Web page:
Ghazanfar Qureshi, et al v. Eric Holder, Jr., et al


PUBLISHED OPINION FILED. [11-30047 Affirmed ] Judge: JES , Judge: RHB , Judge: FPB Mandate pull date is 01/19/2012 [11-30047]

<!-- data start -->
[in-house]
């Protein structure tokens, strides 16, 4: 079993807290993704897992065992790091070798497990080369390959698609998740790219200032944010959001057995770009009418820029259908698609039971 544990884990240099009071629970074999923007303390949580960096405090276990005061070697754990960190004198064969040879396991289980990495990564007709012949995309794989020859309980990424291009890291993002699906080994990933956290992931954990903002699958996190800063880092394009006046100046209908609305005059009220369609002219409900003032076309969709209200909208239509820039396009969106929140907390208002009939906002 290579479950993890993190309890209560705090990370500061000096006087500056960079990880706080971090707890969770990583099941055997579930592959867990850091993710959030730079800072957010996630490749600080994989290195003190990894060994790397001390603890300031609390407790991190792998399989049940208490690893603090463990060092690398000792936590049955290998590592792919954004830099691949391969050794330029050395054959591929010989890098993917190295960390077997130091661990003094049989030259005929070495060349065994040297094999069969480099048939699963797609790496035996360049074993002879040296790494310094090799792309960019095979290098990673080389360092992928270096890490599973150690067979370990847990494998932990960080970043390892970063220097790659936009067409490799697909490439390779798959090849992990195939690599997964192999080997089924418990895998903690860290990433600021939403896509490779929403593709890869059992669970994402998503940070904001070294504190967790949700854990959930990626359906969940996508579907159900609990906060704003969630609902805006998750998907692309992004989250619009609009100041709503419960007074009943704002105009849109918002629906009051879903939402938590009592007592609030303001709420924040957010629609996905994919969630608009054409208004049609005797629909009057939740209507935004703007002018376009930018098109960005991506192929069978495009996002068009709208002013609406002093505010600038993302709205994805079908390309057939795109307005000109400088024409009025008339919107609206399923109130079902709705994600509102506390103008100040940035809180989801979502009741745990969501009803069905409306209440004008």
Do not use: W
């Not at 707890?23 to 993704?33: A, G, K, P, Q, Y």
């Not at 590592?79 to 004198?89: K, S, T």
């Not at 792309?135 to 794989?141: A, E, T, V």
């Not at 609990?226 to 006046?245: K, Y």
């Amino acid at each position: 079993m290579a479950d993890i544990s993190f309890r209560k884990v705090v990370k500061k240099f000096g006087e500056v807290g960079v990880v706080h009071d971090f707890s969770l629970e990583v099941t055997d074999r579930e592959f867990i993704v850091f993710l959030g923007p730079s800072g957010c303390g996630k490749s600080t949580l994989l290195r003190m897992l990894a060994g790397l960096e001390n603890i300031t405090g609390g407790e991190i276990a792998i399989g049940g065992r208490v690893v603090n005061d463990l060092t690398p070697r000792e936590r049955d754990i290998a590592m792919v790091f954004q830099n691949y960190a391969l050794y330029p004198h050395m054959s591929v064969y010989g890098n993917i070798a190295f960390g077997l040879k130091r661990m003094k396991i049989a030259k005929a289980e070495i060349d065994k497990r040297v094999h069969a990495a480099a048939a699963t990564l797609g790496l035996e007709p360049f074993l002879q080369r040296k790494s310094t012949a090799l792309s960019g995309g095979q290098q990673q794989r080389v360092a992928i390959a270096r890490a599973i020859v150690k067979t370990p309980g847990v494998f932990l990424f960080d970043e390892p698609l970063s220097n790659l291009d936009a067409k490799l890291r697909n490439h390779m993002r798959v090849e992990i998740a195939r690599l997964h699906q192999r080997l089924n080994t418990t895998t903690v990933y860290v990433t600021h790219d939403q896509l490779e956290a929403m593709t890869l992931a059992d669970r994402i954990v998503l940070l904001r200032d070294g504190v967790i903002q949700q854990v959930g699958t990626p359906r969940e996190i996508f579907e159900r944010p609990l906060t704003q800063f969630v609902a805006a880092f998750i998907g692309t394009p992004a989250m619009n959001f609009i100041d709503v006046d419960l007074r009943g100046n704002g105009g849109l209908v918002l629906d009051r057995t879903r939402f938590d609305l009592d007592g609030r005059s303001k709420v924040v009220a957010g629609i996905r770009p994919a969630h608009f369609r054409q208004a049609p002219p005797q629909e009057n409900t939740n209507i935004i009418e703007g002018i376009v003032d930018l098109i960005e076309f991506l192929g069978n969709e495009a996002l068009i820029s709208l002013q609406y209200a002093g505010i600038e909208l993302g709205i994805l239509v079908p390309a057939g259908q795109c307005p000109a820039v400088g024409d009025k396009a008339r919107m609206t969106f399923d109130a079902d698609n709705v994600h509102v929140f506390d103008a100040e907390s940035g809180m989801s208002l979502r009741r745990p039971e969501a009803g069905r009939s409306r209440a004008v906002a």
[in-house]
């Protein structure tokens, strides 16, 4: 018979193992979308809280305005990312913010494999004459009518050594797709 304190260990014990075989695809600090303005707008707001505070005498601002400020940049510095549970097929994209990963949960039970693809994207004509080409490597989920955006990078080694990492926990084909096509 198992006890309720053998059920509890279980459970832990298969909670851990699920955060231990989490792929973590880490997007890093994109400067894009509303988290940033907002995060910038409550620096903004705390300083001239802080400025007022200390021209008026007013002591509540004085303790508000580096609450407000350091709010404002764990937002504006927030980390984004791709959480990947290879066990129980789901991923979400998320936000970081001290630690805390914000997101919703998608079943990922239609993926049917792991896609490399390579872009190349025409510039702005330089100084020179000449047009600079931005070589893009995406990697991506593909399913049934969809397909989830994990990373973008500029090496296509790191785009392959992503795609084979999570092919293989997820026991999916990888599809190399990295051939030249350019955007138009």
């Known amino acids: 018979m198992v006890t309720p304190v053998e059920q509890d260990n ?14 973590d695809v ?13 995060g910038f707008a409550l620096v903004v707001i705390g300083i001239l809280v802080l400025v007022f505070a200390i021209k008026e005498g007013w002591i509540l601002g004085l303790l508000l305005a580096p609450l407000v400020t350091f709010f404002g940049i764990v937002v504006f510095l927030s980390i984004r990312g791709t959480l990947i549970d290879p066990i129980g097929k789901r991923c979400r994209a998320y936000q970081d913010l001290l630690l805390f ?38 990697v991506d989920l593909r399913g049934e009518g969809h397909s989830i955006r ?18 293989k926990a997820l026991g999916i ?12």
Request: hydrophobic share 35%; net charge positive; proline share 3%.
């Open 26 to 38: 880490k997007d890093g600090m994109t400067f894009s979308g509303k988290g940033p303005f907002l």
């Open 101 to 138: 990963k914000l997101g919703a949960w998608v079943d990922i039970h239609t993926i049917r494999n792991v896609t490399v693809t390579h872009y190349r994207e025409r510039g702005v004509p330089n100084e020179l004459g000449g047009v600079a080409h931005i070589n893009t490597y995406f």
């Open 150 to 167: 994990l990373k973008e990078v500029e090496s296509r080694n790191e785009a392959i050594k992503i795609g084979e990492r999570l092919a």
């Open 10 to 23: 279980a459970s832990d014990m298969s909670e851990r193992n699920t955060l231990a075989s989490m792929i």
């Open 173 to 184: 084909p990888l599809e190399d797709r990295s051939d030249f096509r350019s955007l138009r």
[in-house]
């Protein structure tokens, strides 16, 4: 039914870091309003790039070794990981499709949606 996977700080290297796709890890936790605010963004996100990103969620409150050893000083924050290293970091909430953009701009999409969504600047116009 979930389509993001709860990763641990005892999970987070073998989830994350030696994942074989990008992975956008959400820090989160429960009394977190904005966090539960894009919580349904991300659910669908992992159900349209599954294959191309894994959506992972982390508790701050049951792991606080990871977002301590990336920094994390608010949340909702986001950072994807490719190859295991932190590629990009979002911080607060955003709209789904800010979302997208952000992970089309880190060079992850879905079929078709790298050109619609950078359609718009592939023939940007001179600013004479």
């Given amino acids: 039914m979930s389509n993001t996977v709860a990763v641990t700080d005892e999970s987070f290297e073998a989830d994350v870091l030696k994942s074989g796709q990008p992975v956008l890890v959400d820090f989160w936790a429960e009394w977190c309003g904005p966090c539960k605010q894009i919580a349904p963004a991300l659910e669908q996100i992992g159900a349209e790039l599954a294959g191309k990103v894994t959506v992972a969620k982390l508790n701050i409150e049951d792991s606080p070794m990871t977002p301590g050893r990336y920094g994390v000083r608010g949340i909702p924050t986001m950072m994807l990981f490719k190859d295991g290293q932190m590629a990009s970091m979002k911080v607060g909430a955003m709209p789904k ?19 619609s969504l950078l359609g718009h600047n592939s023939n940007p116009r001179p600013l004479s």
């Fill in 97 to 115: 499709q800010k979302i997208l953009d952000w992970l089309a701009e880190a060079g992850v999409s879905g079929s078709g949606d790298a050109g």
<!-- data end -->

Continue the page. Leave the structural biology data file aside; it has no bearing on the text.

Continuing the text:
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Case: 11-30047 Document: 00511677139 Page: 1 Date Filed: 11/28/2011 IN THE UNITED STATES COURT OF APPEALS United States Court of Appeals FOR THE FIFTH CIRCUIT Fifth Circuit FILED No. 11-30047 November 28, 2011 Lyle W. Cayce Clerk GHAZANFAR HUSSEIN QURESHI; KAUSER BIBI QURESHI; NAILA GHANZAFAR QURESHI; NAUREEN GHANZAFAR QURESHI; FAIZA GHANZAFAR QURESHI; MUSTANSAR GHANZAFAR QURESHI; BUSHRA GHANZAFAR QURESHI; AHTZAAZ GHANZAFAR QURESHI, Plaintiffs-Appellants, versus ERIC H. HOLDER, JR., U.S. Attorney General; U.S. DEPARTMENT OF HOMELAND SECURITY, Janet Napolitano, Secretary; U.S. CITIZENSHIP AND IMMIGRATION SERVICES, Alejandro Mayorkas, Director; MARIE HUMMERT, Director, USCIS Houston Asylum Center, Defendants-Appellees. Appeal from the United States District Court for the Eastern District of Louisiana Before SMITH, BARKSDALE, and BENAVIDES, Circuit Judges. JERRY E. SMITH, Circuit Judge: The Qureshis were originally granted asylum from Pakistan because of Mr. Qureshi’s support for the Jammu Kashmir Liberation Front. Later, the U.S. Case: 11-30047 Document: 00511677139 Page: 2 Date Filed: 11/28/2011 No. 11-30047 Citizenship and Immigration Services (“USCIS”) decided to terminate the Qureshis’ asylum based on that same support, applying the “persecutor bar” to Mr. Qureshi. When removal proceedings ensued, the Qureshis sued USCIS to challenge its application of the bar. The district court granted USCIS’s motion to dismiss for lack of subject matter jurisdiction on the ground that the termination was not a final agency action. Because we agree that termination of asylum does not consummate agency action and thus is not final, we affirm. I. The undisputed facts are that Ghazanfar Qureshi is a citizen of Pakistan who entered the United States and applied for asylum in 1999, claiming that he suffered persecution from his membership in the Jammu Kashmir Liberation Front (“JKLF”). The application was granted in 2000, followed by derivative asylum for his wife and children. In January 2009, Qureshi received from USCIS a notice of intent to terminate asylum status that stated that he may not have been eligible for asylum, because his contributions to JKLF and participation in its activities “potentially” constituted persecution of others on account of a protected characteristic under 8 U.S.C. § 1158(b)(2)(A)(i). At his termination hearing, Qureshi stated that he became the Secretary General of JKLF for the Mirpur District in 1991, donated money to the group, and arranged public protests. He asserted that he was not aware of any violent activities of JKLF and did not communicate with its members outside his district. In March, USCIS issued to Mr. Qureshi a notice of termination of asylum status1 because a preponderance of the evidence indicated that he had “participated in the persecution of another person on account of that person’s national- 1 USCIS later issued a slightly revised version. 2 Case: 11-30047 Document: 00511677139 Page: 3 Date Filed: 11/28/2011 No. 11-30047 ity and political opinion” as an “active and prominent member” of JKLF. Qureshi and his family were placed in removal proceedings, and their employment authorization was terminated. In June 2010, the Qureshis sued the defendants (collectively, “USCIS”), claiming that termination of their asylum status, without a showing by specific evidence that Mr. Qureshi was a persecutor, violated the Constitution, multiple statutes, and federal regulations. The district court granted USCIS’s motion to dismiss for lack of subject matter jurisdiction, reasoning that the termination was not a final agency action, because the Qureshis could renew their asylum claim in removal proceedings and because the termination decision was subject to administrative and judicial review. The Qureshis appeal. II. A. This court reviews de novo a dismissal for lack of subject matter jurisdiction under Rule 12(b)(1) of the Federal Rules of Civil Procedure. Ramming v. United States, 281 F.3d 158, 161 (5th Cir. 2001). A grant of asylum does not convey a right to remain permanently in the United States. 8 U.S.C. § 1158(c)(2). An asylum officer may terminate asylum if the alien was not eligible for asylum when it was granted. Id.; see also 8 C.F.R. § 208.24(a)(1), (2). Under the “persecutor bar,” an alien who “ordered, incited, assisted, or otherwise participated in the persecution of any person on account of race, religion, nationality, membership in a particular social group, or political opinion” is not eligible for asylum. 8 U.S.C. § 1158(b)(2)(A)(i). USCIS is authorized to terminate asylum previously granted under its own jurisdiction in two ways. It may terminate asylum itself through a multistep process, consisting of a notice of intent to terminate, a termination hearing (where the alien may present evidence in support of asylum), and, if applicable, 3 Case: 11-30047 Document: 00511677139 Page: 4 Date Filed: 11/28/2011 No. 11-30047 written notice of termination of asylum status and any accompanying employment authorization. 8 C.F.R. § 208.24(c). Alternatively, USCIS may give an immigration judge (“IJ”) jurisdiction to terminate asylum by serving the alien with a notice of intent to terminate with or after a notice to appear—the document that initiates removal proceedings. § 208.24(f). In either event, USCIS must initiate removal proceedings before an IJ after every asylum termination, unless removal proceedings have already commenced. § 208.24(e). The ex-asylee is entitled to contest the charges of removability before the IJ. 8 U.S.C. § 1229a(b)(4). Should the IJ find him removable, the alien may appeal to the Board of Immigration Appeals (“BIA”) and again contest his removability. 8 C.F.R. § 1003.1(b)(3), (9). Neither the IJ nor the BIA has authority to review USCIS’s decision to terminate asylum. Bhargava v. Att’y Gen. of the U.S., 611 F.3d 168, 170-71 (3d Cir. 2010). But if the BIA upholds the final order of removal, the ex-asylee may then appeal to the appropriate circuit court to review “constitutional claims or questions of law” underlying the final order of removal, including direct legal challenges to USCIS’s original termination decision.2 While directly contesting his removability, an ex-asylee may also re-apply for asylum during his removal proceeding.3 Aliens in removal proceedings who make a new asylum application are entitled to a full evidentiary hearing on the application. 8 U.S.C. § 1229a(b)(4). They also shoulder the applicant’s eviden- 2 See 8 U.S.C. § 1252(a)(2)(D); Alvarado de Rodriguez v. Holder, 585 F.3d 227, 233-34 (5th Cir. 2009); Rodriguez-Castro v. Gonzales, 427 F.3d 316, 319 (5th Cir. 2005). 3 See 8 U.S.C. § 1158(a)(1) (“Any alien who is physically present in the United States . . . irrespective of such alien’s status, may apply for asylum in accordance with this section . . . .”); see also Silwany-Rodriguez v. INS, 975 F.2d 1157, 1161 (5th Cir. 1992) (citing Matter of B-, 20 I.&N. Dec. 427 (BIA 1991) (holding that an asylum application in a removal proceeding is considered a new application)); Singh v. Chertoff, No. C 05-1454 MHP, 2005 U.S. Dist. LEXIS 47500, at *18-19 (N.D. Cal. Aug. 24, 2005) (“[A]ny alien whose asylum status is terminated has the opportunity to reapply for asylum . . . .”). 4 Case: 11-30047 Document: 00511677139 Page: 5 Date Filed: 11/28/2011 No. 11-30047 tiary burden anew, however, see § 1158(b)(1)(B), whereas in termination proceedings USCIS has the burden of proof, 8 C.F.R. § 208.24(c), (f). B. Under the Administrative Procedure Act (“APA”), “final agency action for which there is no other adequate remedy in a court [is] subject to judicial review.”4 “If there is no final agency action, a federal court lacks subject matter jurisdiction.”5 In general, for agency action to be deemed final, it “must mark the consummation of the agency’s decision-making process” and “must be [action] by which rights or obligations have been determined or from which legal consequences will flow.”6 In evaluating whether a challenged agency action meets these two conditions, this court is guided by the Supreme Court’s interpretation of the APA’s finality requirement as “flexible” and “pragmatic.” Abbott Labs. v. Gardner, 387 U.S. 136, 149-50 (1967).7 Under a flexible, pragmatic reading, termination of asylum cannot be viewed as a “consummation” of agency decisionmaking. Instead, it represents only an intermediate step in a multi-stage administrative process, succeeded (or 4 5 U.S.C. § 704. The same section also recognizes “[a]gency action made reviewable by statute,” but no such statute applies here. 5 Peoples Nat’l Bank v. Office of the Comptroller of the Currency of the U.S., 362 F.3d 333, 336 (5th Cir. 2004) (citation and internal quotation marks omitted). 6 Id. at 337 (citations omitted). 7 In addition to the two-pronged test used here, this court has also restated the Supreme Court’s “pragmatic” interpretation of the APA’s finality requirement as a multi-factor test, including: “(1) the legal and practical effect of the agency action; (2) the definitiveness of the ruling; (3) the availability of an administrative solution; (4) the likelihood of unnecessary review; and (5) the need for effective enforcement of the Act.” Am. Airlines, Inc. v. Herman, 176 F.3d 283, 291 (5th Cir. 1999) (citing Fed. Trade Comm’n v. Standard Oil Co. of Calif., 449 U.S. 232, 242-43 (1980)). 5 Case: 11-30047 Document: 00511677139 Page: 6 Date Filed: 11/28/2011 No. 11-30047 accompanied) by removal proceedings before an IJ and intra-agency appeal to the BIA. Termination of asylum automatically triggers another stage of decisionmaking, the removal proceeding. Pending removal proceedings make termination an intermediate, nonfinal action, because “when removal proceedings are pending, further administrative relief is available.” Cabaccang v. USCIS, 627 F.3d 1313, 1317 (9th Cir. 2010) (citation omitted). Even if the IJ and BIA lack jurisdiction to review asylum termination decisions, they both retain the power to halt removal proceedings altogether, either by an alien’s successful contest to removability via 8 U.S.C. § 1229a(b)(4) or by a successful new asylum application via 8 U.S.C. § 1158(a)(1). The Qureshis can point to only two published district court opinions to support their contention that USCIS’s termination of their asylum constitutes final agency action. In one case,8 the court, based on its reading of 8 C.F.R. § 208.24(e), found termination of asylum distinct enough from removal to conclude that termination was not merely an intermediate step in a larger process. That regulation states: “When an alien’s asylum status or withholding of removal or deportation is terminated under this section, the Service shall initiate removal proceedings, as appropriate, if the alien is not already in exclusion, deportation, or removal proceedings.” Id. (emphasis added). The court read “as appropriate” to “suggest[] that there may be circumstances where an action to remove an alien does not follow necessarily from the termination of the alien’s asylum status.”9 But in context, the language of § 208.24(e) indicates that removal proceedings must follow all terminations of asylum. “As appropriate” 8 Singh v. Bardini, No. C-09-3382 EMC, 2010 U.S. Dist. LEXIS 3824 (N.D. Cal. Jan. 19, 2010) (magistrate judge), followed by 2010 U.S. Dist. LEXIS 55706 (N.D. Cal. Jun. 7, 2010) (magistrate judge). 9 Singh v. Bardini, 2010 U.S. Dist. LEXIS 3824, at *15. 6 Case: 11-30047 Document: 00511677139 Page: 7 Date Filed: 11/28/2011 No. 11-30047 merely refers to a circumstance in which removal proceedings were already pending at the time an IJ terminates asylum. See § 208.24(f). In Singh v. USCIS, No. 10 C 8288, 2011 U.S. Dist. LEXIS 42019 (N.D. Ill. Apr. 19, 2011), the court held that USCIS’s termination of the plaintiff’s asylum status constituted final agency action. Specifically, termination consummated agency decisionmaking when it increased the evidentiary burden on the plaintiff in applying for asylum anew.10 The burden-shifting occasioned by termination of asylum, however, does not consummate agency decisionmaking. Evidentiary burdens serve to inform a factfinder’s decisions, especially where parties have failed to produce adequate evidence. Although burdens sometimes dictate an agency’s eventual decision, that decision is not consummated until it is actually made. In summary, termination of asylum does not “mark the consummation” of a decisionmaking process. Accordingly, it is not final agency action, so the Qureshis’ challenge is premature.11 The judgment of dismissal is AFFIRMED. 10 Id. at *10-11. As explained in part I, an alien in a removal proceeding who makes a new asylum application is entitled to a full evidentiary hearing on the application, 8 U.S.C. § 1229a(b)(4), but he also shoulders the applicant’s evidentiary burden anew, see § 1158(b)(1)(B), whereas in termination proceedings USCIS has the burden of proof, 8 C.F.R. § 208.24(c), (f). 11 Because termination of asylum does not satisfy the consummation condition, termination would not be final agency action even if it did satisfy the legal-consequences condition. Accordingly, we decline to address whether burden-shifting or loss of employment authorization is a significant legal consequence. We also decline to address the government’s other arguments. 7